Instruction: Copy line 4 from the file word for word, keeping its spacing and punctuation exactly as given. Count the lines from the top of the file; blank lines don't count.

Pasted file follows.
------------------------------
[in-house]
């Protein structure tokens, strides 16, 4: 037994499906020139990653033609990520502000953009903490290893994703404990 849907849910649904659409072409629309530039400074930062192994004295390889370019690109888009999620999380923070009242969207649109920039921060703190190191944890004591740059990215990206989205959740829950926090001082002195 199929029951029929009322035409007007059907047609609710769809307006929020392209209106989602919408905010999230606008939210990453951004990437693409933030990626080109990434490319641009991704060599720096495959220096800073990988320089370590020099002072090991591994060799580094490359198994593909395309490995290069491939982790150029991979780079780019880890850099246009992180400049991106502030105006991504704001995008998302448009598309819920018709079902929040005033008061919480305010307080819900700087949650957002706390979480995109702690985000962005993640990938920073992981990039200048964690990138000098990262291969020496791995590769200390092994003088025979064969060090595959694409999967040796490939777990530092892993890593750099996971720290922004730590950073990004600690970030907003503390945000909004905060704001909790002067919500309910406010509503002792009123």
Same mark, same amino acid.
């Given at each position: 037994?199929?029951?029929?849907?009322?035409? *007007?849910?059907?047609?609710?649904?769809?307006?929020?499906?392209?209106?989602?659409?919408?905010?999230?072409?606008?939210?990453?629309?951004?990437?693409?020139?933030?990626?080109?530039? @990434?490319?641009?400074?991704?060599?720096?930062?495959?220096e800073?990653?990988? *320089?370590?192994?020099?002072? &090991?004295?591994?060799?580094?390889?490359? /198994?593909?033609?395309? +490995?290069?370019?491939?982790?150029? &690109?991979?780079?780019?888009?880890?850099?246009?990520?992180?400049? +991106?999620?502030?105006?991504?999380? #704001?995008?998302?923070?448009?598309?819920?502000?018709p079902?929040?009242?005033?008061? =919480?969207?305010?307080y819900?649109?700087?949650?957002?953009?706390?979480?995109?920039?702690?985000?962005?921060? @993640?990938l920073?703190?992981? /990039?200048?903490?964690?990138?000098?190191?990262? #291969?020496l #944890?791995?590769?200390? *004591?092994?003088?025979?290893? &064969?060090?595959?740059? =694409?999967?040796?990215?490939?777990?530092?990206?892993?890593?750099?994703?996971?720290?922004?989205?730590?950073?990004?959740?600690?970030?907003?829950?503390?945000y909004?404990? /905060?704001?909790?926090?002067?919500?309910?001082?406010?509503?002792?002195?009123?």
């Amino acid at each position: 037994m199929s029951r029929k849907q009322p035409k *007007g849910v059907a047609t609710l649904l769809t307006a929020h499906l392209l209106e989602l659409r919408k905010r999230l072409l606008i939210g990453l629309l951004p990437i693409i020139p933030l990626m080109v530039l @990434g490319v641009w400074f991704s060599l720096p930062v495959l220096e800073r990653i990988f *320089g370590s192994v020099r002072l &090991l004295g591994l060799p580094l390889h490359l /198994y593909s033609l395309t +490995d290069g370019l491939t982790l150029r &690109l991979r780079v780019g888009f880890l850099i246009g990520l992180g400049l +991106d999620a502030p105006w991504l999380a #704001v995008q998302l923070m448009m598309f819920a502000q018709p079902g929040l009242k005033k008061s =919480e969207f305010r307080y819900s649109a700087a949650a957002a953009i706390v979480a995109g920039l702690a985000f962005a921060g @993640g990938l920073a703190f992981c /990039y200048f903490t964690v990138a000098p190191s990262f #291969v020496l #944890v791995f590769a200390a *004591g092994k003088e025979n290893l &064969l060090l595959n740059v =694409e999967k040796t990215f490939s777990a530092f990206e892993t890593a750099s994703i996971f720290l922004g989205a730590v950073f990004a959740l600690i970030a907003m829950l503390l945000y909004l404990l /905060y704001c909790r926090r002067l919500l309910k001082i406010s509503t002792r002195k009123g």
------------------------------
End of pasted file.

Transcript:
């Given at each position: 037994?199929?029951?029929?849907?009322?035409? *007007?849910?059907?047609?609710?649904?769809?307006?929020?499906?392209?209106?989602?659409?919408?905010?999230?072409?606008?939210?990453?629309?951004?990437?693409?020139?933030?990626?080109?530039? @990434?490319?641009?400074?991704?060599?720096?930062?495959?220096e800073?990653?990988? *320089?370590?192994?020099?002072? &090991?004295?591994?060799?580094?390889?490359? /198994?593909?033609?395309? +490995?290069?370019?491939?982790?150029? &690109?991979?780079?780019?888009?880890?850099?246009?990520?992180?400049? +991106?999620?502030?105006?991504?999380? #704001?995008?998302?923070?448009?598309?819920?502000?018709p079902?929040?009242?005033?008061? =919480?969207?305010?307080y819900?649109?700087?949650?957002?953009?706390?979480?995109?920039?702690?985000?962005?921060? @993640?990938l920073?703190?992981? /990039?200048?903490?964690?990138?000098?190191?990262? #291969?020496l #944890?791995?590769?200390? *004591?092994?003088?025979?290893? &064969?060090?595959?740059? =694409?999967?040796?990215?490939?777990?530092?990206?892993?890593?750099?994703?996971?720290?922004?989205?730590?950073?990004?959740?600690?970030?907003?829950?503390?945000y909004?404990? /905060?704001?909790?926090?002067?919500?309910?001082?406010?509503?002792?002195?009123?």